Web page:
Beethoven’s First Piano Concerto began hushed and breathless. Manfred Honeck may have exaggerated the dynamic range notated in the score, starting pianissimo rather than piano, but Beethoven clearly wanted stark contrasts in volume, as much of the movement alternates between piano and fortissimo (not merely forte). And those fortissimos were muscular jabs that hit hard. Inon Barnatan’s first entrance was more playful than lyrical, suggesting the character of a scherzo through fluid phrasing and sparklingly articulate fingerwork. He relaxed the tempo very slightly for the second theme, yet maintained the feeling of vivacity. Only in the cadenza (Barnatan chose the composer’s discursive version, composed a decade after the Concerto itself) did we a glimpse of Beethoven as the rough-mannered iconoclast.
In the Largo, Barnatan was notably more relaxed and tender-hearted, as if playing the part of the dreamy poet. He took rhythmic freedom in the melodic passages, yet the scales and ornamental figures were elegantly dispatched in tempo. The orchestra occasionally was to be a hair behind Honeck’s beat – there were more than a few oddly ragged entrances throughout the programme, in fact – though the playing was consistently expressive and characterful. In the Finale, the pianist returned to the light, impish style he’d projected in the opening movement. As an encore, Barnatan scurried through the Presto Finale of Beethoven’s Sonata in F, Opus 10/2. Here again, his tone was admirably light and clear, but the tempo was rushed and slipped from the comic to the ridiculous; it would have worked brilliantly as the soundtrack for a Keystone Cops caper.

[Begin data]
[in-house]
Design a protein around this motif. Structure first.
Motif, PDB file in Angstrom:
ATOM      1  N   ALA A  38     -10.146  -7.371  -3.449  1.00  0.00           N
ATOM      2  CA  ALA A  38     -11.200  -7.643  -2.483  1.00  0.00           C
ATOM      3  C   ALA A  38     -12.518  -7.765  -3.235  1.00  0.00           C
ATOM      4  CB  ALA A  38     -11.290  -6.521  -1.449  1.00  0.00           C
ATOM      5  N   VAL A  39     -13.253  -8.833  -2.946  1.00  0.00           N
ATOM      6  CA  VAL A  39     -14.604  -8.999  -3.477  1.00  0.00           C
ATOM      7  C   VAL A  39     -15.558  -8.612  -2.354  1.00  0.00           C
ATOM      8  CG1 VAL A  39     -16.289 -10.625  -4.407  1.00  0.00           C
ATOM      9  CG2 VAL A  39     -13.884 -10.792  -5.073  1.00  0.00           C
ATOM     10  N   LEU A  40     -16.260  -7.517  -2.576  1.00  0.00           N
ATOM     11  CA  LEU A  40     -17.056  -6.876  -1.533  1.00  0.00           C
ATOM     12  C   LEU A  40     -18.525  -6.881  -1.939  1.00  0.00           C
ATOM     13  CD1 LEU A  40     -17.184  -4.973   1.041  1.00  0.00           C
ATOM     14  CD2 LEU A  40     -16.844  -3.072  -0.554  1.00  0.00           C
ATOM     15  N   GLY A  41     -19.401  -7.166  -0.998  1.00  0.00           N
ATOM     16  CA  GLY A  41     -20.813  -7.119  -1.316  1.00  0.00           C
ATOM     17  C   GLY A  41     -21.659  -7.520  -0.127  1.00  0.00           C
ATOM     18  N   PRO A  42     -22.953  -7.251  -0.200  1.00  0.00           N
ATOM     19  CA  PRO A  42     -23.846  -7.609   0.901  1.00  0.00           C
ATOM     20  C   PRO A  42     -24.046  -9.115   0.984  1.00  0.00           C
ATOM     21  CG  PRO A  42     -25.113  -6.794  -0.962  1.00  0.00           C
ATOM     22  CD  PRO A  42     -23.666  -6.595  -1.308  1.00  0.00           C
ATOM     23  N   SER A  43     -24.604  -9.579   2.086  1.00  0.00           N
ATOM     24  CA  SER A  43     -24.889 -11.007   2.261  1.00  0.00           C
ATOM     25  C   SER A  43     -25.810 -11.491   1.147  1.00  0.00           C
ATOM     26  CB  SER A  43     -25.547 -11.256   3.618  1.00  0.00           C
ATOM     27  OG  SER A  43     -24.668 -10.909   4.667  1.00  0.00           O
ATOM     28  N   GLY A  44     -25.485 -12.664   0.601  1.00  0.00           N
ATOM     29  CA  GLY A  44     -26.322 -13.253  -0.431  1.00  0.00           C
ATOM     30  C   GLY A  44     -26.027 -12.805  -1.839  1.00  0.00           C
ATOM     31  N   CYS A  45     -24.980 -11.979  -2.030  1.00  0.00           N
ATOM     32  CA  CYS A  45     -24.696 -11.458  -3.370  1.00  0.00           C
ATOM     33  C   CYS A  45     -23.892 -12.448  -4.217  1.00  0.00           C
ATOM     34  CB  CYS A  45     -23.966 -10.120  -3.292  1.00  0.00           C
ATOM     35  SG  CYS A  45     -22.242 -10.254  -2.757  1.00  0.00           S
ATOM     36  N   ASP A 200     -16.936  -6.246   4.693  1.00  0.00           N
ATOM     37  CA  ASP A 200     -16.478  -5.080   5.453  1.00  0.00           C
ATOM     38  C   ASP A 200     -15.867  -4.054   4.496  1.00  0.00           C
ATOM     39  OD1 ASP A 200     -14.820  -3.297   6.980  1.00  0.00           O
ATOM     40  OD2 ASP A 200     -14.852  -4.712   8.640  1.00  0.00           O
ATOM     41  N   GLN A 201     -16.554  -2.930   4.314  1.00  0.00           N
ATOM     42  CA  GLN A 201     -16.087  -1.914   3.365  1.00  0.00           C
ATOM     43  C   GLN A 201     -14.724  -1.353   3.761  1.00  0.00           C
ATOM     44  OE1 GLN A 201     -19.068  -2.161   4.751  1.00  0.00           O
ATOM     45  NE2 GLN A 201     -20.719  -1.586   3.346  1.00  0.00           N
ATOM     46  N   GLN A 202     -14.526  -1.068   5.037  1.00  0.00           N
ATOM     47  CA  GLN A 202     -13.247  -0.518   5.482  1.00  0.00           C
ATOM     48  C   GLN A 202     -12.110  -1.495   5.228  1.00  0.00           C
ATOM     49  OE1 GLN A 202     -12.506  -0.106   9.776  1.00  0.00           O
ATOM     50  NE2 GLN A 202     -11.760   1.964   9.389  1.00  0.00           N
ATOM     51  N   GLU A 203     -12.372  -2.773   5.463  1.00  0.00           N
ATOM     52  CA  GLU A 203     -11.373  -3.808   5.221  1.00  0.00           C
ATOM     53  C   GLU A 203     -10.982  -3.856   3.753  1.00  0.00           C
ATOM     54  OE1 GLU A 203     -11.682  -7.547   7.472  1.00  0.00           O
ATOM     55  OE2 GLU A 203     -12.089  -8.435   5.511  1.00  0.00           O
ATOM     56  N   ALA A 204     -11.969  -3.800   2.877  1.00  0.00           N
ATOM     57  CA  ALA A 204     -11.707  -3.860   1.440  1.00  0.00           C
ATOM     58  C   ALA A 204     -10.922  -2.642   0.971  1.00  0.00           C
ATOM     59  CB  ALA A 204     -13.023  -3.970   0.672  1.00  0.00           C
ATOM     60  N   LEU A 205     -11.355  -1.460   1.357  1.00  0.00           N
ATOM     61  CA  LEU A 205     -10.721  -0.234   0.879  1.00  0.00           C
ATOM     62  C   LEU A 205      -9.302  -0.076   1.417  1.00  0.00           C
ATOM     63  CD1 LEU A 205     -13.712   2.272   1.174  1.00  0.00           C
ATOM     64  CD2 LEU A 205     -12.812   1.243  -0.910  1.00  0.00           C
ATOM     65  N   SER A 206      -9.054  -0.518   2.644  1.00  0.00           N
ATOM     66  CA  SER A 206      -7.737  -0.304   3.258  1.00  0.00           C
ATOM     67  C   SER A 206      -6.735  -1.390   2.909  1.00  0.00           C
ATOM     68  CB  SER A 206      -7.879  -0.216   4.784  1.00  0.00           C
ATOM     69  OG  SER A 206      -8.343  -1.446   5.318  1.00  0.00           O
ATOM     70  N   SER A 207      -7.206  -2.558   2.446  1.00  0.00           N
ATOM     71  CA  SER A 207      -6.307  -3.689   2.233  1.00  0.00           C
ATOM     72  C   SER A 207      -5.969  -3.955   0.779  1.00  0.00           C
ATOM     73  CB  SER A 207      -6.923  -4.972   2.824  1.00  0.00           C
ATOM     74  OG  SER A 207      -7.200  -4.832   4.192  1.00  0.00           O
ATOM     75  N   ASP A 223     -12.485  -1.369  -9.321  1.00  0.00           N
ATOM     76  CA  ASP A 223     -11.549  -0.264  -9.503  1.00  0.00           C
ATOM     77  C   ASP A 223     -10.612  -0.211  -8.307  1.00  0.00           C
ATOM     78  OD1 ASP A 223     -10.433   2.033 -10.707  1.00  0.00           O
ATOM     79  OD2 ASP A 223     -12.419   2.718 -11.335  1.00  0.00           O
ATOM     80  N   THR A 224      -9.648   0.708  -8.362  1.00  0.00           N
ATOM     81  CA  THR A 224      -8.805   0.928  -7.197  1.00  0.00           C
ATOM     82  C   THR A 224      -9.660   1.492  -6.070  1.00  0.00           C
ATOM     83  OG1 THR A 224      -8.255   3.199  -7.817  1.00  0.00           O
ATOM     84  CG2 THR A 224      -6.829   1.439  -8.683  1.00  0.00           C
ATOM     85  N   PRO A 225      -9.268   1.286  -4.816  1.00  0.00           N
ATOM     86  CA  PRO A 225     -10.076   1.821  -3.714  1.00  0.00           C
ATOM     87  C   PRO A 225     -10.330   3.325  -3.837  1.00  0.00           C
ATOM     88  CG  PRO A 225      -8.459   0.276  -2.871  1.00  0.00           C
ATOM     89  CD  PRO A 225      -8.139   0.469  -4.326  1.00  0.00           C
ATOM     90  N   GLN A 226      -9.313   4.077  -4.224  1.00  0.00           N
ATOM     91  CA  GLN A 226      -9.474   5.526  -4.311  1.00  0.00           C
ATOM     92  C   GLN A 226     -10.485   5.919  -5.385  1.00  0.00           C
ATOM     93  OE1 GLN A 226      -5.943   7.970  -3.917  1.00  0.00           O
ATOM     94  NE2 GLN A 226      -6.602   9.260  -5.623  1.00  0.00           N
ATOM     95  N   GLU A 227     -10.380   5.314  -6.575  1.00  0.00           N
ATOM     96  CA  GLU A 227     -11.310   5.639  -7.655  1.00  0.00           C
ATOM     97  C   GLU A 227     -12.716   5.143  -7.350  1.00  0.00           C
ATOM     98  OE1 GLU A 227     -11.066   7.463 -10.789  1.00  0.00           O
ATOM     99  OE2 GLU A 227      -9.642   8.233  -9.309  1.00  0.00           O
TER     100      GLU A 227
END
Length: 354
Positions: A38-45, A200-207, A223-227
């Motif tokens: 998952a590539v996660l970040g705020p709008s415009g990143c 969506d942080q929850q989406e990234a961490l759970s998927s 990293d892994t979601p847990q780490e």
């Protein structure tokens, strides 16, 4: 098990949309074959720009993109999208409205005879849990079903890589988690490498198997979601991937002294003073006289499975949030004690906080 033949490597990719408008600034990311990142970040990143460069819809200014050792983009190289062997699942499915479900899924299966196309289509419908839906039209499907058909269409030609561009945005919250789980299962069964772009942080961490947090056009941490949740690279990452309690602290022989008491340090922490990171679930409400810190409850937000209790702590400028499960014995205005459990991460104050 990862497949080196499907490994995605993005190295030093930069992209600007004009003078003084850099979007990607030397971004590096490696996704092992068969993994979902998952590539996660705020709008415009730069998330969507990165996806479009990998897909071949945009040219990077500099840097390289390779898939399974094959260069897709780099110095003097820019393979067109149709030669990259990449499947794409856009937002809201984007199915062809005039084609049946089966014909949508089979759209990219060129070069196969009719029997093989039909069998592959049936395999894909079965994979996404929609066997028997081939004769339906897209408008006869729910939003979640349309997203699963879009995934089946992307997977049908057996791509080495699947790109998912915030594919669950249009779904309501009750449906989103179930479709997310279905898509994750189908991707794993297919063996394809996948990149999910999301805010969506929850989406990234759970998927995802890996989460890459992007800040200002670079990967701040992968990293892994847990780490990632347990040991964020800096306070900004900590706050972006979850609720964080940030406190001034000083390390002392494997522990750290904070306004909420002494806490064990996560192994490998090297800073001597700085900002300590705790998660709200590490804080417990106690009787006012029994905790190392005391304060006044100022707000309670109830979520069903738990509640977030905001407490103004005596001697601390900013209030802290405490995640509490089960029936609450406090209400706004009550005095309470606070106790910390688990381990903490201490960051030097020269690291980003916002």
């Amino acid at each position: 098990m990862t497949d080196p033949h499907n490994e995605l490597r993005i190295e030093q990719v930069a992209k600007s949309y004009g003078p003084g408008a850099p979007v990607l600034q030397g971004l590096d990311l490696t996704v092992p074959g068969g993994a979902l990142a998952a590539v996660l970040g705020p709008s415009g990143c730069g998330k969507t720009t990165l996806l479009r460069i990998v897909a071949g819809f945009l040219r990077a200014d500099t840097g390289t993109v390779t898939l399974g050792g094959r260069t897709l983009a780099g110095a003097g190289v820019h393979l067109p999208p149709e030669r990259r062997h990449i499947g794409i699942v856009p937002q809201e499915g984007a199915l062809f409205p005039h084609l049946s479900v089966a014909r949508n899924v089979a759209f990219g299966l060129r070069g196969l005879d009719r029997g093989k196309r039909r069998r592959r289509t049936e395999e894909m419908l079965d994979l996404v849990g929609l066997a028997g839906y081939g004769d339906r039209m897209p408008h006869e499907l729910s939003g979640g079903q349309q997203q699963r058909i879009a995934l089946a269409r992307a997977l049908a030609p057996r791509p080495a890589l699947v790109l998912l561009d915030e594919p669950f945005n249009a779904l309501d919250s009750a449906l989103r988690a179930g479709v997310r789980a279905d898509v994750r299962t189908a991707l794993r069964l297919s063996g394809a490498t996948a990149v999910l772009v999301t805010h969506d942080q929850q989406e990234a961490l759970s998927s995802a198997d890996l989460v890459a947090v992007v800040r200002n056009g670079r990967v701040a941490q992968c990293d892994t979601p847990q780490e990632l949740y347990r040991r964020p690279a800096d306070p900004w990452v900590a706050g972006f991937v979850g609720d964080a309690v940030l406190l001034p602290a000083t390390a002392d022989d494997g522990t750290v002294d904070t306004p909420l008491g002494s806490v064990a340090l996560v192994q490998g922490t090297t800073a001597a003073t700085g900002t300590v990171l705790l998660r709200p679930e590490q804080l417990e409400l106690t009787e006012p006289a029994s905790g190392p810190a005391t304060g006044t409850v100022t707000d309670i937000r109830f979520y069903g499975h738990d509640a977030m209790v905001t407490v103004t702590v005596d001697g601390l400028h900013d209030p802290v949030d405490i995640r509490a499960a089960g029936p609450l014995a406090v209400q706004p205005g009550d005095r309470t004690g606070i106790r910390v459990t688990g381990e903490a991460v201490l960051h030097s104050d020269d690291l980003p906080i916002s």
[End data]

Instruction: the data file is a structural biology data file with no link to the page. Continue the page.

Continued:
Manfred Honeck’s attention to details and dynamics was even more evident in Mahler’s First Symphony. The faint cloud of strings at the opening was so wonderfully soft that at first it was hard to tell where silence ended and sound began. And he highlighted the many ‘hairpin’ markings (sudden and swift crescendo-diminuendos) peppered throughout the score. In general, however, Honeck allowed the music to flow naturally, with relatively little expressive italicization (à la Bernstein). There were some awkward transitions in the first movement, or perhaps Honeck simply wanted to emphasize the music’s frequent shifting of gears. As a result, it came across as a vivid cinematic scene full of jump cuts, quick fades and zooms.
In a note for the programme booklet, Honeck wrote that he sought to emphasize not only the “Viennese-Bohemian, but also the outrageous element” of Mahler’s music, and as an example that he views the second movement not as a “normal waltz or Ländler” but as a “raunchy peasants’ dance.” In fact, in performance, this movement stood out rather starkly for its audacious departures from the score, like the unmarked accelerando in the first few bars. Disconcerting at first, the exaggerated pulls and pushes became quite tiresome on repetition. They did, perhaps, suggest inebriated, rustic revelry, but felt out of place given Honeck’s more fluid approach to the work as a whole. The klezmer-style music in the third movement was not especially schmaltzy, for instance, and although the slow, lyrical sections of the Finale were taken at a very slow tempo, the phrasing was direct and not at all fussy. Indeed, at times it felt as if Honeck was attempting to place Mahler squarely within the 19th-century symphonic tradition rather than to illuminate the facets that are so strikingly unique in his music.
Aside from moments of ragged ensemble, the Philharmonic was in good form. Clarinetist Anthony McGill’s solos in the slow movement of the Beethoven were ravishing. The strings in the Mahler were deft and focused – the intricate passages at the end of the first movement had the tightly focused tone of a chamber ensemble yet with the heft of a full orchestra. Bassist Timothy Cobb played his exposed solo at the beginning of the third movement with artful simplicity. And the brass had a field day, ringing out with thrilling brazenness in the ultimate pages.